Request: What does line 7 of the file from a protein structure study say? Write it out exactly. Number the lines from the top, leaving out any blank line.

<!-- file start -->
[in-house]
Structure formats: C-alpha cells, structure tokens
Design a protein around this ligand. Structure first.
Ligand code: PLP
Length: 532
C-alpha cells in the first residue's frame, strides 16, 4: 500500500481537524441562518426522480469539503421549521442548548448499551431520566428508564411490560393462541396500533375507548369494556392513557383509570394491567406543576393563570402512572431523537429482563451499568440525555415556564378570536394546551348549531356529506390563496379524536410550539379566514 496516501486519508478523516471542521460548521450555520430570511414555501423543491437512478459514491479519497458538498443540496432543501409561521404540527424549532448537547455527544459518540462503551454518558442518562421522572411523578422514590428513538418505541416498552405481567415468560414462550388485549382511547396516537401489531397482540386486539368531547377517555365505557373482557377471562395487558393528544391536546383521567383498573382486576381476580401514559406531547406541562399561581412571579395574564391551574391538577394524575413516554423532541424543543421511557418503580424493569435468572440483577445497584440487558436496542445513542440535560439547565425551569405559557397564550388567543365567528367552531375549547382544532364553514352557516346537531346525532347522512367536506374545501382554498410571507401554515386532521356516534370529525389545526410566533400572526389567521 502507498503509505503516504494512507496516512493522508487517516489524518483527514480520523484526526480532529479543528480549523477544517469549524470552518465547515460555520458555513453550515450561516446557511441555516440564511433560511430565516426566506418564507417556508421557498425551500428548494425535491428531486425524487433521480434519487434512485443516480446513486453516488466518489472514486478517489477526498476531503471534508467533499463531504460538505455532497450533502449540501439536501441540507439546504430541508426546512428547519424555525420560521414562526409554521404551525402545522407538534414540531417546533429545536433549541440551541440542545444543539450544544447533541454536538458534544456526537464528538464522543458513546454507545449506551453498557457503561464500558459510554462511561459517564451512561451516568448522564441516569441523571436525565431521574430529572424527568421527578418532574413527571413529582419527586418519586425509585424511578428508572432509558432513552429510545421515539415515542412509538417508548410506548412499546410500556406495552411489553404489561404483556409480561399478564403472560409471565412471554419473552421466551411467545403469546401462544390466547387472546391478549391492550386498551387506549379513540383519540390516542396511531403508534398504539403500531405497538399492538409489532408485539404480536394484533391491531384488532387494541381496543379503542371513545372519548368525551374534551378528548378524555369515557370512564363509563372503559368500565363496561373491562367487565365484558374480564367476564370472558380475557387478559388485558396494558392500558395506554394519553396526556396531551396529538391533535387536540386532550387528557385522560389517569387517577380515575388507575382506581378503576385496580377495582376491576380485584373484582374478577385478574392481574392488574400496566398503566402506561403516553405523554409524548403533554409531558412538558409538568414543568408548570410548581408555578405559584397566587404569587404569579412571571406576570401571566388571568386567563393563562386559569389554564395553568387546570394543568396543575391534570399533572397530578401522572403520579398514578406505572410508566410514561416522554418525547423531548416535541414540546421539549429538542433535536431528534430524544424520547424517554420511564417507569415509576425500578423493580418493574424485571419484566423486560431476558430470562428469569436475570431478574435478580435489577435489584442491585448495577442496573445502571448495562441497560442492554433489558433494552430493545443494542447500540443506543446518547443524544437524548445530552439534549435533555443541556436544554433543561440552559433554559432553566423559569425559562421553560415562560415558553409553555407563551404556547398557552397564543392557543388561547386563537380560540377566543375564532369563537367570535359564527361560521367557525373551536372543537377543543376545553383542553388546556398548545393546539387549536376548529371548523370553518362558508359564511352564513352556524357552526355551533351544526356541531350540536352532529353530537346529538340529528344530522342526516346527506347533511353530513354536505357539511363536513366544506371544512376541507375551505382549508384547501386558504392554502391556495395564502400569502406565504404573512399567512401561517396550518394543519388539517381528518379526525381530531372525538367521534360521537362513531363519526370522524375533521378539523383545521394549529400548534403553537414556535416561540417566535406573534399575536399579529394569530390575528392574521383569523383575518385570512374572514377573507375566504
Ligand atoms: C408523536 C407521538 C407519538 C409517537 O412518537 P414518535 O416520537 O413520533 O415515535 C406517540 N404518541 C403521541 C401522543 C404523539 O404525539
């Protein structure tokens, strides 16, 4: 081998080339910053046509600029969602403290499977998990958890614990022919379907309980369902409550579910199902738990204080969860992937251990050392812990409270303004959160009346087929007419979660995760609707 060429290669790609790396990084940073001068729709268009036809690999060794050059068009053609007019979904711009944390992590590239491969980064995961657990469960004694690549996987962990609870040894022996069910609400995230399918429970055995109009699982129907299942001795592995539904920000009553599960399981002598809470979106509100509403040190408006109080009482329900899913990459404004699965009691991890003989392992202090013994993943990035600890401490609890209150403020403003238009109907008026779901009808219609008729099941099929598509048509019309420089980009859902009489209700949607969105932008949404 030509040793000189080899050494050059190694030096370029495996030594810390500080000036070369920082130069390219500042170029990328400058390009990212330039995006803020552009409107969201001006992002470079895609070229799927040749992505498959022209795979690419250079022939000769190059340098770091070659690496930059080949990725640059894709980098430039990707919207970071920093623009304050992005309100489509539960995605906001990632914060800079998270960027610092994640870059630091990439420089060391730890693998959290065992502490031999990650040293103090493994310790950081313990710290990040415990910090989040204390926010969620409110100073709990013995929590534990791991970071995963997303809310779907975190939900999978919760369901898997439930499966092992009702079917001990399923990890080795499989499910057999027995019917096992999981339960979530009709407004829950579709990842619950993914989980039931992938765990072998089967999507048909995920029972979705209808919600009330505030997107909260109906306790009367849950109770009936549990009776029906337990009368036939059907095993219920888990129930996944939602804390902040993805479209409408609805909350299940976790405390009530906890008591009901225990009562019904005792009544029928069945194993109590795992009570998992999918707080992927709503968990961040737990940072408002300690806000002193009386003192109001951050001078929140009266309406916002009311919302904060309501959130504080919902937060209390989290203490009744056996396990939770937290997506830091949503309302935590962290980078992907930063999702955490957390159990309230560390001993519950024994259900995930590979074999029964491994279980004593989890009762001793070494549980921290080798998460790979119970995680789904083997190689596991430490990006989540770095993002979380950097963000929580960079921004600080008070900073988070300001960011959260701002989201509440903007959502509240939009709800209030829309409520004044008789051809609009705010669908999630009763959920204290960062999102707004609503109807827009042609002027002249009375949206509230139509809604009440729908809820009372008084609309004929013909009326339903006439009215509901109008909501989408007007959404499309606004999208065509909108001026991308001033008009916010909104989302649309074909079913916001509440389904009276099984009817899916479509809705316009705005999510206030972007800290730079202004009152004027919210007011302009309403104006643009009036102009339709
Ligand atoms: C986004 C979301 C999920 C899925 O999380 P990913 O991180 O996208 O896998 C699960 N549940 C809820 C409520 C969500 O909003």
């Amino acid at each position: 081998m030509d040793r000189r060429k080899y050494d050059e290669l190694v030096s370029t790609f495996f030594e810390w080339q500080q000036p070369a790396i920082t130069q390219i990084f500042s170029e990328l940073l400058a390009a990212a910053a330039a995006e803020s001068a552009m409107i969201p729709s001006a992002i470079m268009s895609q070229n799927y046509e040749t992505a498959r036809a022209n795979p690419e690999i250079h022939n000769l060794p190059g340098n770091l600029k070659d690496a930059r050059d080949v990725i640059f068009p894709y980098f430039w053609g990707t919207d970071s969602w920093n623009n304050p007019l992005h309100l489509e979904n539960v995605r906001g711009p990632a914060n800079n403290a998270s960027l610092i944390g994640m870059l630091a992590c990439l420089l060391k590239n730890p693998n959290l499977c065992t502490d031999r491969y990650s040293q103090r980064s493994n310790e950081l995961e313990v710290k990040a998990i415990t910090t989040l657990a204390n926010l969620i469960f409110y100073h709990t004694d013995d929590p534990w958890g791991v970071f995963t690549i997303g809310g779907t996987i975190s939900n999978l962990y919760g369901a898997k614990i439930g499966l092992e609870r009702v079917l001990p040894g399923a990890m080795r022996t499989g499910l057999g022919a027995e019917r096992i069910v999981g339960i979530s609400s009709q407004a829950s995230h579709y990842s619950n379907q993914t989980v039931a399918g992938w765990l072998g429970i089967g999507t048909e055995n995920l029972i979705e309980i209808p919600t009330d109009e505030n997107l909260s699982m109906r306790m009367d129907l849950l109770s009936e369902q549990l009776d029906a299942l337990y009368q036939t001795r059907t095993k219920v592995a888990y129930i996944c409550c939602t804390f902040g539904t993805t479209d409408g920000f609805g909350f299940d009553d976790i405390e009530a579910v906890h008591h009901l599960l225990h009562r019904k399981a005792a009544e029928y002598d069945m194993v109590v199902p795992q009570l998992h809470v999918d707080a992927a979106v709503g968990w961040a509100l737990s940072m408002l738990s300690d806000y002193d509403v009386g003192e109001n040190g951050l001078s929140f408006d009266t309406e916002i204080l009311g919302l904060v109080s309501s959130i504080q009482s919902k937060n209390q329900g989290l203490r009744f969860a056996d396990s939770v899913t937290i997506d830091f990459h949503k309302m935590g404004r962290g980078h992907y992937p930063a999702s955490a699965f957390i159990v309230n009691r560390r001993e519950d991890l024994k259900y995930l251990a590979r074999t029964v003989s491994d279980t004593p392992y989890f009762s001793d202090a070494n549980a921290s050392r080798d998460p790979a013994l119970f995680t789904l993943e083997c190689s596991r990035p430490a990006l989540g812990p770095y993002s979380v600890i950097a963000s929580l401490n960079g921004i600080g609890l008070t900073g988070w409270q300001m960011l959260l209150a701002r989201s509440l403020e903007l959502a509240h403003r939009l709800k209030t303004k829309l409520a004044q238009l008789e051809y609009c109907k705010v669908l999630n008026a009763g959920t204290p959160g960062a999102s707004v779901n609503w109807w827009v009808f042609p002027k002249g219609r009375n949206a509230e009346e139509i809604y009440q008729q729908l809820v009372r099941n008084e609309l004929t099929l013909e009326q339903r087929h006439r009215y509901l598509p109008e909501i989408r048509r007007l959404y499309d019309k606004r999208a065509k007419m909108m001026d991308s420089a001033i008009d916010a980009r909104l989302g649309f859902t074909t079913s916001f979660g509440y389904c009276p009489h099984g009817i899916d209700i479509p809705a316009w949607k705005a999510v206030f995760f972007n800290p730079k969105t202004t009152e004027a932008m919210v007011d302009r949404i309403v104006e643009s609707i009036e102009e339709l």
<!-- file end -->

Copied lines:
Ligand atoms: C408523536 C407521538 C407519538 C409517537 O412518537 P414518535 O416520537 O413520533 O415515535 C406517540 N404518541 C403521541 C401522543 C404523539 O404525539